Saturday, April 28, 2012
For those of us who visit and explore the shores of Singapore to document the marine life that can be found on our coasts, Tanah Merah stands out as a unique and special place. Although the original shore here is long gone due to land reclamation, a rich community of marine organisms has managed to colonise and reestablish itself. We find habitats as diverse as rocky shores, seagrass beds, sandy beaches, coastal forests, and even a coral reef on the outer edge of the seawall.
(Photo by Ria)
Unfortunately, this shore, despite its beauty and diversity, suffers from pollution. Much of the marine life is slowly recovering from the devastation of the oil spill that struck 2 years ago, although some crude oil still lingers in the environment. Another insidious threat comes from the vast quantities of garbage that wash up and get trapped behind the seawall. Because this area is not under the purview of the armies of cleaners that work tirelessly every morning to remove litter and other trash from our public beaches, the rubbish simply accumulates, forming massive piles of plastic, broken glass, and other debris.
Litter on Tanah Merah shore, July 2011;
(Photo by Ria)
Dig deep enough, and you'll find out where much of the oil has gone, April 2012;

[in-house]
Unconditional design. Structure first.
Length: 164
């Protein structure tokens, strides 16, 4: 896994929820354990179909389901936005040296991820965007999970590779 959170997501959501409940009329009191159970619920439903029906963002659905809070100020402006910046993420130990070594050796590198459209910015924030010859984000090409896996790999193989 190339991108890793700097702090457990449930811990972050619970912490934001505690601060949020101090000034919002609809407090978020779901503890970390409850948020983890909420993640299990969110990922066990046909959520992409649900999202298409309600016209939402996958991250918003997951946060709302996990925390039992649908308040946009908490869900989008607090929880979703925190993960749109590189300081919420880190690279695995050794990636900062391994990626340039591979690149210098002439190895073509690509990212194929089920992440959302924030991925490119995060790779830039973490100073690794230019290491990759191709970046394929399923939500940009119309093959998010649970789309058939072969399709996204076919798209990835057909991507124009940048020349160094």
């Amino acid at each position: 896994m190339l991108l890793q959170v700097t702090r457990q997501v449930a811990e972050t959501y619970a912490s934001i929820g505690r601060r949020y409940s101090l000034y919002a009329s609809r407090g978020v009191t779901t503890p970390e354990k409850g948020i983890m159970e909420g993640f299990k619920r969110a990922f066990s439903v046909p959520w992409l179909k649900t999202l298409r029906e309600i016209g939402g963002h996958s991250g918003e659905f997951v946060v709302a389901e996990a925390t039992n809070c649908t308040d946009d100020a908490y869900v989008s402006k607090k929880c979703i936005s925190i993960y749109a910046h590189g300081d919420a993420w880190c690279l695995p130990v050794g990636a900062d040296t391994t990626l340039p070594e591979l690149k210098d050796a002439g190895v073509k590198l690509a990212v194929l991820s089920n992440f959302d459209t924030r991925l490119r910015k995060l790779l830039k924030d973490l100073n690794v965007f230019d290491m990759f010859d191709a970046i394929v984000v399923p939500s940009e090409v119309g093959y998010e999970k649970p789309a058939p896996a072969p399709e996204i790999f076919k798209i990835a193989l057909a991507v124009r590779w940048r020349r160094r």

(Photo by Ria)
In response, the International Coastal Cleanup Singapore (ICCS) team has decided to conduct a series of year-round cleanups on this shore.
And so, keen to do my part on a shore that I am personally very fond of, I signed up for the latest session, which was held on the morning of 28th April.
Friday, April 27, 2012
Earlier this week, I attended the U@live session featuring Professor Leo Tan. As usual, I live-tweeted the event, and decided to use Storify as a medium to curate and organise my tweets. The result is this.
Thursday, April 12, 2012
Tuesday, April 10, 2012
Monday, April 9, 2012
Tuesday, April 3, 2012
Monday, April 2, 2012
Sunday, April 1, 2012
If there's one thing I can't stand, it's seeing debris left behind by careless or irresponsible anglers. On too many occasions, I find rubbish that has been left on the shore after a fishing session, whether it's unused bait, discarded catch, lightsticks, or tangles of fishing line. I do wish that more anglers would take the effort to dispose of their trash properly, especially because of the risks of wildlife being harmed by hooks and fishing line.
There have been examples of local wildlife being needlessly injured or killed by fishing gear, from birds such as Oriental pied hornbill (Anthracoceros albirostris) and barn owl (Tyto alba), to reptiles like estuarine crocodile (Crocodylus porosus), dog-faced water snake (Cerberus rynchops), and Malayan water monitor (Varanus salvator). Even wild boar (Sus scrofa vittatus) have not been spared!
Today, I discovered yet another unfortunate victim of irresponsible anglers.